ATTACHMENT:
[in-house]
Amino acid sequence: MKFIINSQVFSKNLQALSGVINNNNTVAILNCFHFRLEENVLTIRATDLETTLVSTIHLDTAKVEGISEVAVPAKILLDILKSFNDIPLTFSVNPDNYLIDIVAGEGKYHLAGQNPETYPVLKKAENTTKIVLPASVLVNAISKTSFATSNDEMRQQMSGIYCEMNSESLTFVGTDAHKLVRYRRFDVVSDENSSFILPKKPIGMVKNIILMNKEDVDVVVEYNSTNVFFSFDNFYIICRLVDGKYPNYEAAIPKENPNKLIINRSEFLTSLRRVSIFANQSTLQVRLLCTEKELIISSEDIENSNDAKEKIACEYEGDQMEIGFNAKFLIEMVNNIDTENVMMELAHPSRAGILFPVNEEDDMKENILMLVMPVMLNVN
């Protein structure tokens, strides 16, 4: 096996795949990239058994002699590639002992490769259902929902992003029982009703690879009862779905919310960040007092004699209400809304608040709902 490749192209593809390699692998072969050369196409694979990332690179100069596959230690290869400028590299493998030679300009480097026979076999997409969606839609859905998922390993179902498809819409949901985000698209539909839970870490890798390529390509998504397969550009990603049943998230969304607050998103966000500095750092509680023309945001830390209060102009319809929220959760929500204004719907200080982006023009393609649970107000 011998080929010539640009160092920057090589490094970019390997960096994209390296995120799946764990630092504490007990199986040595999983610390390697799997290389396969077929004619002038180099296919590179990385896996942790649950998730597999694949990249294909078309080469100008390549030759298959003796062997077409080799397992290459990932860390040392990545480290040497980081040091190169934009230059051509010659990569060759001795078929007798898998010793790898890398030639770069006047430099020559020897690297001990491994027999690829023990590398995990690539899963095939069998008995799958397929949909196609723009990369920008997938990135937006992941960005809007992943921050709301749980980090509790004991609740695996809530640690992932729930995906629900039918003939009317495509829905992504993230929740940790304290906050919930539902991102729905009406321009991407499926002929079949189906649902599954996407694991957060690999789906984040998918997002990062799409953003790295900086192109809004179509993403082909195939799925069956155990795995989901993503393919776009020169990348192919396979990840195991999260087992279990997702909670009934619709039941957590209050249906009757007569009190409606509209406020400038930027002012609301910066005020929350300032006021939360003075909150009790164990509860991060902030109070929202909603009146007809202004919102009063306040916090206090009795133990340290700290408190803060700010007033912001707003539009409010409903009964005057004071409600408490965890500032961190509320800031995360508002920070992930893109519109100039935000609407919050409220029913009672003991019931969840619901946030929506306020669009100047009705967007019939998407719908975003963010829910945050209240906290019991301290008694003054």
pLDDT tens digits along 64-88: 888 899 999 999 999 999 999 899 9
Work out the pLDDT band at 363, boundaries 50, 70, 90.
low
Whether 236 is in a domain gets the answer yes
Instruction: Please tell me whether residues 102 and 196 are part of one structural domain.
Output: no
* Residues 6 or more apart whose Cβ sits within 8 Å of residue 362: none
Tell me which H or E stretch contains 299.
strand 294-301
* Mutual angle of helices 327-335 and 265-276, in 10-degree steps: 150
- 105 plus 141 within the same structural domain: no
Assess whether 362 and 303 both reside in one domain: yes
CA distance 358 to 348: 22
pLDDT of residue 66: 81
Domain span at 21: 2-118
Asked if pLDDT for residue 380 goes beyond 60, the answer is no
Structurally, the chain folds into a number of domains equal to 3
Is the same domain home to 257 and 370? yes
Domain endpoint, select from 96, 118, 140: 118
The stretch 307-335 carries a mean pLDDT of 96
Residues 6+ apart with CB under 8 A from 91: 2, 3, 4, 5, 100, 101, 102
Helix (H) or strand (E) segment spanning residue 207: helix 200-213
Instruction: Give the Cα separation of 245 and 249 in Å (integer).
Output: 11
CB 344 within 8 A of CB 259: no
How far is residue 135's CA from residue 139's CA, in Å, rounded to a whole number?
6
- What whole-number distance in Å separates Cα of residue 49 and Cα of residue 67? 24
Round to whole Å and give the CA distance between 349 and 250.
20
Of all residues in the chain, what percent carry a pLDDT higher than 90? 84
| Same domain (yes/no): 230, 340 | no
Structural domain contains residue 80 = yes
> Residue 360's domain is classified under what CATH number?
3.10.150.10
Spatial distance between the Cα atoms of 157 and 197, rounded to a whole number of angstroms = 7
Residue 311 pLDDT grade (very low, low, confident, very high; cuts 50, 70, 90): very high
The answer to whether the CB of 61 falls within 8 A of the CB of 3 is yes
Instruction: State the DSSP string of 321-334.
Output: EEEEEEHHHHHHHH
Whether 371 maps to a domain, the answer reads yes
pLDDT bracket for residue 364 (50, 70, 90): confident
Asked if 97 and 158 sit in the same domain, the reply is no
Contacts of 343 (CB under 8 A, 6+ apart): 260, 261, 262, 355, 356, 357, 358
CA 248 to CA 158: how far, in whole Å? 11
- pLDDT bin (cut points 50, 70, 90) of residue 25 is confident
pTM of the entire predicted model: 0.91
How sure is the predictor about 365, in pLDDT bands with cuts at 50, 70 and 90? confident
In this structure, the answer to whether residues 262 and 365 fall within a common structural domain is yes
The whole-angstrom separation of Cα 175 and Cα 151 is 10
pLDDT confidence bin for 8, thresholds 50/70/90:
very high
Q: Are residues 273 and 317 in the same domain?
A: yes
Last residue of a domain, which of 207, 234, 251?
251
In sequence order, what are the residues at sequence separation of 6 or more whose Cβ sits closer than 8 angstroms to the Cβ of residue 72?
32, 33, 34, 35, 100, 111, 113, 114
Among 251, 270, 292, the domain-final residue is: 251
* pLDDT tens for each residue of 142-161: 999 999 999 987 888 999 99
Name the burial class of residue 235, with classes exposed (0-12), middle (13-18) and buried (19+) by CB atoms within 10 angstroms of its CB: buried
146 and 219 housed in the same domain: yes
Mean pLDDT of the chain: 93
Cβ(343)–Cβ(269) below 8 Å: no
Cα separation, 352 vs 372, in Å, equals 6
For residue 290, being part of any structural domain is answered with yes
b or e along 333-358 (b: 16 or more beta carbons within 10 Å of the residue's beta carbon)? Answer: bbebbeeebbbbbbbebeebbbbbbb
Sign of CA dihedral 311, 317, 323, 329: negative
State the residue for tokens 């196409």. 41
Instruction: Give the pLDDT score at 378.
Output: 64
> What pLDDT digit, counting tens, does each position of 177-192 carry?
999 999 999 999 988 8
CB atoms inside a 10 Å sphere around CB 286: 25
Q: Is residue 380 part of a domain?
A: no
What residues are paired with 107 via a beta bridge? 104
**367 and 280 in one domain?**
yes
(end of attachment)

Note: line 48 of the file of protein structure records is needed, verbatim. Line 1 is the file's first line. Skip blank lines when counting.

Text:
CA 248 to CA 158: how far, in whole Å? 11